Alex and Jenn travel to Restoule Provincial Park in southern Ontario for a weekend of hiking and camping. Alex is excited to bring Jenn to a secluded lake where he spent time with his family as a child. Upon arrival to the park a ranger informs them that the trail they intend to hike is closed for the season and it is a $500 fine per person if they are caught travelling on it. Determined to share his childhood memories with Jenn, Alex ignores the ranger’s warnings and the two begin hiking the closed trail. After setting up camp on the first day a mysterious stranger, Brad, shows up carrying fish. He informs the couple that he is a professional trail guide. Jenn invites him to eat dinner with them as Alex stews in the background annoyed that his romantic getaway is being interrupted. Eventually Brad gets the hint and takes off but it is not the last we will see of him. Meanwhile Alex is becoming increasingly concerned about bears after encountering tracks and other evidence. He hides his concerns from Jenn not wishing to worry her however he is unable to keep his worry to himself when they wake up the next morning and find all of their food eaten. Alex’s deepest fears are realized when they come face to face with a mammoth grizzly bear, an unstoppable force who pursues the couple as they desperately try to escape the forest.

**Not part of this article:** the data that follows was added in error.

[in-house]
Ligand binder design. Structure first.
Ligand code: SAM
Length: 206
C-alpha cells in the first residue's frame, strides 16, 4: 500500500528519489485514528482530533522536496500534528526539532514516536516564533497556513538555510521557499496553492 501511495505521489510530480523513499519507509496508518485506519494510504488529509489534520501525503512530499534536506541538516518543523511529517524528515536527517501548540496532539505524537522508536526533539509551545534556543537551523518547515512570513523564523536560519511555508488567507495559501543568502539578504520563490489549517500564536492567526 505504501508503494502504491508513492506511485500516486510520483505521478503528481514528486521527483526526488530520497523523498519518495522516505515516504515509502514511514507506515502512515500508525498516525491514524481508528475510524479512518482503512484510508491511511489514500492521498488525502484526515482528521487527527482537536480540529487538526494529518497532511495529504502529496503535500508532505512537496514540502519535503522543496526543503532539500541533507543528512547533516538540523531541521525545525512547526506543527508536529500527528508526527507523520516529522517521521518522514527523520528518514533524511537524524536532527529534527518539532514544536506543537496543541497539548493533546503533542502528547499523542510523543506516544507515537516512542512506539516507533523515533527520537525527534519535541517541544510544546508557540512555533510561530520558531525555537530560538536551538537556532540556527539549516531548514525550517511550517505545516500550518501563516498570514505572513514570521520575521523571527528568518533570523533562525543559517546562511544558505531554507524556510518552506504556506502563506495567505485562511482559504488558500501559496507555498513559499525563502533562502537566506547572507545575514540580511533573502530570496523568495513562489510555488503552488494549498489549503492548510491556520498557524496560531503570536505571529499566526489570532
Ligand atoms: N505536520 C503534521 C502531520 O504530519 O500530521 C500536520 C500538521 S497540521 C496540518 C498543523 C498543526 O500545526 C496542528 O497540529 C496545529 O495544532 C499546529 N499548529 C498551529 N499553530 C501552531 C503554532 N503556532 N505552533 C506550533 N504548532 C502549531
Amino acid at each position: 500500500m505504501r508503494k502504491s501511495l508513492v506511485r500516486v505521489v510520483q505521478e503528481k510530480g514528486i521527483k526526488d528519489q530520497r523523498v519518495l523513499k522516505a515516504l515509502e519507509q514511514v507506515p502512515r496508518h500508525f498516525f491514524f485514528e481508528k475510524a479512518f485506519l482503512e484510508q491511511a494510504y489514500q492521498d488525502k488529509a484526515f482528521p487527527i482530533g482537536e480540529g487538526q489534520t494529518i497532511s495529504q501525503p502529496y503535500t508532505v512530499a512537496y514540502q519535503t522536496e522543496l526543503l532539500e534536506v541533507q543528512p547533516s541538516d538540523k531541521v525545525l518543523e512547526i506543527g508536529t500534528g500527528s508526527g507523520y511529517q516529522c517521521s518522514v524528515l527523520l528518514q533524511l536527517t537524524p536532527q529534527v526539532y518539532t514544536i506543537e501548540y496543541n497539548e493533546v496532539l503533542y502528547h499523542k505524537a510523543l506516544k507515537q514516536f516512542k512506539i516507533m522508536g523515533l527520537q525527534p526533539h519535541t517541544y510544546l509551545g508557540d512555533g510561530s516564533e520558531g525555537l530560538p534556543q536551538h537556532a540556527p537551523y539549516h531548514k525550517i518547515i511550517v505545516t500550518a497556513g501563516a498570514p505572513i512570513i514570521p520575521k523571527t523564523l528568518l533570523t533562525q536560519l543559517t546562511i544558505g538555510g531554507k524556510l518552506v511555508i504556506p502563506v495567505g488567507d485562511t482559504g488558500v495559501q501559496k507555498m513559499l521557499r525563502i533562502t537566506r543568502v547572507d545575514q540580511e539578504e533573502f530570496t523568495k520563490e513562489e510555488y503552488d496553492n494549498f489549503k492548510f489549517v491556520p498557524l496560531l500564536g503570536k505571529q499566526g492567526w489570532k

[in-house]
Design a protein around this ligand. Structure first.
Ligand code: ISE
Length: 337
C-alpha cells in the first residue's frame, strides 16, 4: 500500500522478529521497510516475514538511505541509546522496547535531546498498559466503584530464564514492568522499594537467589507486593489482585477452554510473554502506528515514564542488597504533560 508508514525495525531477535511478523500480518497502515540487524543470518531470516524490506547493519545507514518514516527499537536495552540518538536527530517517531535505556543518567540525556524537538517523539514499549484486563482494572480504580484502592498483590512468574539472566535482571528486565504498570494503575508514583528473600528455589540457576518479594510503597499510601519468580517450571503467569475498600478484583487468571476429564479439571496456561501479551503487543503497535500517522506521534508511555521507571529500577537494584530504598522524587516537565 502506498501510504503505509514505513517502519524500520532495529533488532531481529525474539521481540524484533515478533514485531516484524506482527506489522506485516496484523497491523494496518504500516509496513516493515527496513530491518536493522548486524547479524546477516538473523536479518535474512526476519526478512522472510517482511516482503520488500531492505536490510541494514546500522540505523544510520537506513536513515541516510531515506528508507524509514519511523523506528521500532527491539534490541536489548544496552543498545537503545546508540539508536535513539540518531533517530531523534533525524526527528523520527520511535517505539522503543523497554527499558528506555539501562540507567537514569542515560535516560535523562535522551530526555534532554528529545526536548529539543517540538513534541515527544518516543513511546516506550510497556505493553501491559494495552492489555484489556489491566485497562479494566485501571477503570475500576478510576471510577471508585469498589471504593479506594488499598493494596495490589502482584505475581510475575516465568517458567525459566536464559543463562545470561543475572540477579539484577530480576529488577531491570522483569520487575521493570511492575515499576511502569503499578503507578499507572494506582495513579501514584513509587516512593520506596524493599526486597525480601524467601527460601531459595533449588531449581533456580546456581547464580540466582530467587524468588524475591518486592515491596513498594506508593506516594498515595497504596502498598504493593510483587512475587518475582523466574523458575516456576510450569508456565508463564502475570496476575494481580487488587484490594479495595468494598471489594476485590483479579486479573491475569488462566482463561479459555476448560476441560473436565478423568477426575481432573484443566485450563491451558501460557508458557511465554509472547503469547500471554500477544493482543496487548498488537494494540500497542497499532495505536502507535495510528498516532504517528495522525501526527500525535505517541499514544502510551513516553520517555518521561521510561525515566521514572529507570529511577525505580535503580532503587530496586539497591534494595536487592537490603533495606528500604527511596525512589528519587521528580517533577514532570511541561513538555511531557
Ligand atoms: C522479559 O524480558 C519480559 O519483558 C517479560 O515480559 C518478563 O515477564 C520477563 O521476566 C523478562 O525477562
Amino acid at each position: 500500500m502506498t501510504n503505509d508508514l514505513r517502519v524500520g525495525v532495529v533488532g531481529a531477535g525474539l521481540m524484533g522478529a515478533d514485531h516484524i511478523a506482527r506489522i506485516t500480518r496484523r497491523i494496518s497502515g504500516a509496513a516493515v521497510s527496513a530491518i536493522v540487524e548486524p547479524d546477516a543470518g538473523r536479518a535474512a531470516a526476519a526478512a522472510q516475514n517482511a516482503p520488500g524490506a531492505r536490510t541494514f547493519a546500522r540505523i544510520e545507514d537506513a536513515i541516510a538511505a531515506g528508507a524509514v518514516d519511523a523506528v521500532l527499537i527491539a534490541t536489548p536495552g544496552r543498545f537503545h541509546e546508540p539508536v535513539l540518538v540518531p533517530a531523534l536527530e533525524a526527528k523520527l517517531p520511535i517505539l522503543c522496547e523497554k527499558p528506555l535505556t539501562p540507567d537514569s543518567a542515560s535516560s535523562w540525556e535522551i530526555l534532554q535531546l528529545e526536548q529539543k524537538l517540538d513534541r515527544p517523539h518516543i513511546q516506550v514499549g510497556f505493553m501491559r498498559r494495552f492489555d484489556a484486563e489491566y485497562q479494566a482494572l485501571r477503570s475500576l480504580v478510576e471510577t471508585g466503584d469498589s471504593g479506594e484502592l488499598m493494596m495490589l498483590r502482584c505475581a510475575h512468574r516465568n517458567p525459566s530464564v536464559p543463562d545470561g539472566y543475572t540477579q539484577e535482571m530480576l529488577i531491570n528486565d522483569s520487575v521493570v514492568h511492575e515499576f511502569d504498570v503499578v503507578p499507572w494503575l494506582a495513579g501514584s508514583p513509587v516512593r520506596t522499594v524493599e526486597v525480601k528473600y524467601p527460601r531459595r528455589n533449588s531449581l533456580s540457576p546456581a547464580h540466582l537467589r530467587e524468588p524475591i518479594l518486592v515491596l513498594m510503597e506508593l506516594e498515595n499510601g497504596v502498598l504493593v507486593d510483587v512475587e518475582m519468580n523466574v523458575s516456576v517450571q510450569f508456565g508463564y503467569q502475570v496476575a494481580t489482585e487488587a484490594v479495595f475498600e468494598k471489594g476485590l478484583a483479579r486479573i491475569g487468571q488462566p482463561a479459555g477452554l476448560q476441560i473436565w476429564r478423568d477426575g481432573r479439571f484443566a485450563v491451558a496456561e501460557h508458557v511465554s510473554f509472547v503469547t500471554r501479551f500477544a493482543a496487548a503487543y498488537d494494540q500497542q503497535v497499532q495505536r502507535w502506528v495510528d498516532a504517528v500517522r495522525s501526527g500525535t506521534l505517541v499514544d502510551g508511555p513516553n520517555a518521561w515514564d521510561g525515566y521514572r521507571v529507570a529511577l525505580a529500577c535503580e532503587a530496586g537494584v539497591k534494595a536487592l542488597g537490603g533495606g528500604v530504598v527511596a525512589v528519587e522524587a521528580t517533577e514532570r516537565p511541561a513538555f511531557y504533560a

Supposedly based on a true story, Backcountry illustrates the perils of hiking in the wilderness without the experience or no-how of how to stay safe while camping. Alex and Jenn are naïve and woefully unprepared to deal with the various threats the forest has to offer. The film is a slow burn with a horrifying third act. Crisp, wide shots of the forest and a frightening use of sound help drive home just how scary and dangerous it is to venture into nature. A solid entry in the “animals run amok” genre with a terrific soundtrack score.